The update doesn’t come from an official announcement: It was discovered in the Dev Channel in the latest version of Chrome OS. The feature was spotted in version 64’s Dev Channel by Chrome evangelist François Beaufort, who said the feature was called “Split view in Tablet mode.” Similar to how Windows 10 works, Chrome OS split view works by dragging any window to the screen’s far left or right. The system then snaps it to either side, making it easier to have multiple apps open at the same time.
As with many things related to Android apps in Chrome OS, however, the feature may not function correctly with apps from the Google Play Store. Beaufort claims that “some Android apps don’t support snapping and therefore won’t work with split screen.” In particular, according to comments on Beaufort’s post, Android games are refusing to split. It’s an unfortunate exception, but it nevertheless solves a key Chromebook problem. It also gives Pixelbook users an easier way to handle multiple windows in tablet mode and opens the door to additional multitasking features in future updates to Chrome OS.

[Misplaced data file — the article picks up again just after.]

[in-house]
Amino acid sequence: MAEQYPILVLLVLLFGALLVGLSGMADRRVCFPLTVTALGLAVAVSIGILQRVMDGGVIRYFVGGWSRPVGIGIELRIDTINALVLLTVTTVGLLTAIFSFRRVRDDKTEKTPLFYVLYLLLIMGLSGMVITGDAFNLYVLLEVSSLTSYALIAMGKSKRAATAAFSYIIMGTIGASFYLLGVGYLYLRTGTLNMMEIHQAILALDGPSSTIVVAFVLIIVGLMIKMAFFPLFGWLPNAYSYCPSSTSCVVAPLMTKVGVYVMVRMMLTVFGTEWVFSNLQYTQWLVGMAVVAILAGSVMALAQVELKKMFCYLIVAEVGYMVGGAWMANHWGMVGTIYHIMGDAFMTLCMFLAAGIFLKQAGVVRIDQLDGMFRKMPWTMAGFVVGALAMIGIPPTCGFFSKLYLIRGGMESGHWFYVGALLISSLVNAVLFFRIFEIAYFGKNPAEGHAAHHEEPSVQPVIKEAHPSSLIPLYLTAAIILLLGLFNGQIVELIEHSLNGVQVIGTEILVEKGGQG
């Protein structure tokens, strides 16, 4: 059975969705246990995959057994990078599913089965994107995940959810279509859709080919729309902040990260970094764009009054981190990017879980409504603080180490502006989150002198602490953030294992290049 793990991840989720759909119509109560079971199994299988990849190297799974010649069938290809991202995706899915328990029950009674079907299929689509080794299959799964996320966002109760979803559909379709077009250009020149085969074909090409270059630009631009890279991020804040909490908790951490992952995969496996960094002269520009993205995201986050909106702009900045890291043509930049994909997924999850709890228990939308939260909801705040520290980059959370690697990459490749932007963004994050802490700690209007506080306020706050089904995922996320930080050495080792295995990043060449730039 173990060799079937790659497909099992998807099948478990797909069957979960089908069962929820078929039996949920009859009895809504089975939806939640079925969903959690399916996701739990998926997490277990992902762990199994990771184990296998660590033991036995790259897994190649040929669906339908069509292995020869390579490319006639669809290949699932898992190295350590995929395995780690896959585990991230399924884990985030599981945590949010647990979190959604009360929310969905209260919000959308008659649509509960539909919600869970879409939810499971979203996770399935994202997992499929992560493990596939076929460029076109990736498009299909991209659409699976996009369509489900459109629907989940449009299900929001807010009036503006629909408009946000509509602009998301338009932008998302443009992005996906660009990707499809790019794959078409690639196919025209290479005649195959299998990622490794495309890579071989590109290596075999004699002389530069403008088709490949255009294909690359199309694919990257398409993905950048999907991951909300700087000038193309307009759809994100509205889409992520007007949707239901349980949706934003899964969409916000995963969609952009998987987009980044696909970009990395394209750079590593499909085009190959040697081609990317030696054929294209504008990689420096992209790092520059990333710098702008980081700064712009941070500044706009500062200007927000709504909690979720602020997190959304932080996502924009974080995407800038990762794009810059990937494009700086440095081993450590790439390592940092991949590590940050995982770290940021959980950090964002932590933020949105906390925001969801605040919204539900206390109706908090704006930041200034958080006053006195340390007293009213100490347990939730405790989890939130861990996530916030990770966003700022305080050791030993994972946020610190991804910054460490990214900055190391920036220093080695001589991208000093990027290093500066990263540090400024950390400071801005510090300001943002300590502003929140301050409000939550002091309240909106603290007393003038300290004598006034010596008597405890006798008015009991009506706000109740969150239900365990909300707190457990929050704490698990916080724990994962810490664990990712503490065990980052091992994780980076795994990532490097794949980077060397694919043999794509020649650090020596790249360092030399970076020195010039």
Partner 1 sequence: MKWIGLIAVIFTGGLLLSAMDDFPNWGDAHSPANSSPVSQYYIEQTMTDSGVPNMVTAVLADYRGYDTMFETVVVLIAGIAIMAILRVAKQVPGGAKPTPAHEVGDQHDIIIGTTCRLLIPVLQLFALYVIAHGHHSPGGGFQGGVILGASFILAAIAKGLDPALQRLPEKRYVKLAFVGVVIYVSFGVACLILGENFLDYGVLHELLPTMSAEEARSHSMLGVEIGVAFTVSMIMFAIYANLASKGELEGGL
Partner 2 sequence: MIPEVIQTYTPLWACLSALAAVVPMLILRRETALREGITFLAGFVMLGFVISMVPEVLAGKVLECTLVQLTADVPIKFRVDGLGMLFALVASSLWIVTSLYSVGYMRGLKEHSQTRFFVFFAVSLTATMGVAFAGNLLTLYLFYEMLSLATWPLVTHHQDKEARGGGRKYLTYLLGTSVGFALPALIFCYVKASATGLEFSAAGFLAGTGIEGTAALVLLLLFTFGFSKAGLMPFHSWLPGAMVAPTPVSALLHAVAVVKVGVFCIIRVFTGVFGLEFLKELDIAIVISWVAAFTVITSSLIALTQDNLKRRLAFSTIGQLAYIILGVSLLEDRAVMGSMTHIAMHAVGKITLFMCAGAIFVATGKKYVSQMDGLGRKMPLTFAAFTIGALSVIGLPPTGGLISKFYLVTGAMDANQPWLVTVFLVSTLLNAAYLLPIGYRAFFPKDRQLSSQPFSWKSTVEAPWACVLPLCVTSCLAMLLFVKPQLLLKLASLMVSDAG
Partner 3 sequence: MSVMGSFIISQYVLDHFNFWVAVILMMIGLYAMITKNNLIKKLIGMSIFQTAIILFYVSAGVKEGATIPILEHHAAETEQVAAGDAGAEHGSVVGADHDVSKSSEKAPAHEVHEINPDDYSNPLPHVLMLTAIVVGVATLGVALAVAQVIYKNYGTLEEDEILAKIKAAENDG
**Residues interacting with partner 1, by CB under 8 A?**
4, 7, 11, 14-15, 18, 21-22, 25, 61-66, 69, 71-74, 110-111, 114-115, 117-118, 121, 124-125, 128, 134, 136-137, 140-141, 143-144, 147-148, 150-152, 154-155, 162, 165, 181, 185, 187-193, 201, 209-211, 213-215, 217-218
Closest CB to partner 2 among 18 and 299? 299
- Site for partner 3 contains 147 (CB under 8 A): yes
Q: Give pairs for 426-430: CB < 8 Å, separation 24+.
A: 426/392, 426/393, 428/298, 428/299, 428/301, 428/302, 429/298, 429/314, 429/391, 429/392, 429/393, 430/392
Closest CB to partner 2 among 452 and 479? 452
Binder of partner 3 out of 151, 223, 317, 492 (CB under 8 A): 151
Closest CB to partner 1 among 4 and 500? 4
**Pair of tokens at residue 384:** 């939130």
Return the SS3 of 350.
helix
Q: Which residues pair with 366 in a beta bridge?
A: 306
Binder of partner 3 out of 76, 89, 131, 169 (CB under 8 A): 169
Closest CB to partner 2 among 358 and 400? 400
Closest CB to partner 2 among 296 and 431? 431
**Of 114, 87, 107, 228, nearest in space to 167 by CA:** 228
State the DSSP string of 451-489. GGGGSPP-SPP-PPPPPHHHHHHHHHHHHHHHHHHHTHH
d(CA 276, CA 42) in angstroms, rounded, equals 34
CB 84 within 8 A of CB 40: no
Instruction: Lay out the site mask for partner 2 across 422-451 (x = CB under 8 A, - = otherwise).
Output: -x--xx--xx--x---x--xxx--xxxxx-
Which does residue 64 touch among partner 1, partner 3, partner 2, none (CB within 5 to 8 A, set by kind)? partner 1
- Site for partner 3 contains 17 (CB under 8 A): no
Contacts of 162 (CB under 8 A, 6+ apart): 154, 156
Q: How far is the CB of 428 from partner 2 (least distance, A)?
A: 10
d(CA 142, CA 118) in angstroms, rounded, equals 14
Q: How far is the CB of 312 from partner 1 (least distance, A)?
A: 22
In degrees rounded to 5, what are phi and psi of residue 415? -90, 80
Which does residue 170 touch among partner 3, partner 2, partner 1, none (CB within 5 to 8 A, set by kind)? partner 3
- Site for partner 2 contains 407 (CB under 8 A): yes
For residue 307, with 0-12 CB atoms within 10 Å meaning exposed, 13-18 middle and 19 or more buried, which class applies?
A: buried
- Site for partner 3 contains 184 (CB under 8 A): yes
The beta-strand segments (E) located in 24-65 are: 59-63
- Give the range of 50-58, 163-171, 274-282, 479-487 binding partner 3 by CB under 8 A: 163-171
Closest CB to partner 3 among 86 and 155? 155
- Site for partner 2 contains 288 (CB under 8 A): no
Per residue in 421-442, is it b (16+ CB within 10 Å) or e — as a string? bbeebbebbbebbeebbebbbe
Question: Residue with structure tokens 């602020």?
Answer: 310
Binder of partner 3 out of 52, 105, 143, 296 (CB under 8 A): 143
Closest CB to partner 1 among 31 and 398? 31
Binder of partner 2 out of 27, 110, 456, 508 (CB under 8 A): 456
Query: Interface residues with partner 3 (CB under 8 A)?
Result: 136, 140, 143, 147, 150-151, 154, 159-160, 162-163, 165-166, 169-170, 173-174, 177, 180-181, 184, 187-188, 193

9to5Google guesses that we should see the feature rolled out within version 64 in early 2018 based on the rhythm of previous releases.
Google brought split-screen multitasking to Android years ago in 2016, but as Android tablet are nearly extinct, Google is turning its attention to tablet mode in Chrome OS. In addition, Android on smartphones also have a split-screen mode that allows some multitasking. As it stands, multitasking on Chromebooks in tablet mode is fairly limited to fullscreen mode, even for larger 2-in-1s like the Pixelbook or Samsung Chromebook Pro.
Apple introduced a fairly comprehensive update to multitasking for the iPad in iOS 9 in 2016.
- Chromebooks vs. laptops
- Asus Chromebook Flip C436 review: Chromebooks have grown up
- The best Chromebooks for 2020
- The best Chromebooks for students in 2020
- Common Chromebook problems, and how to fix them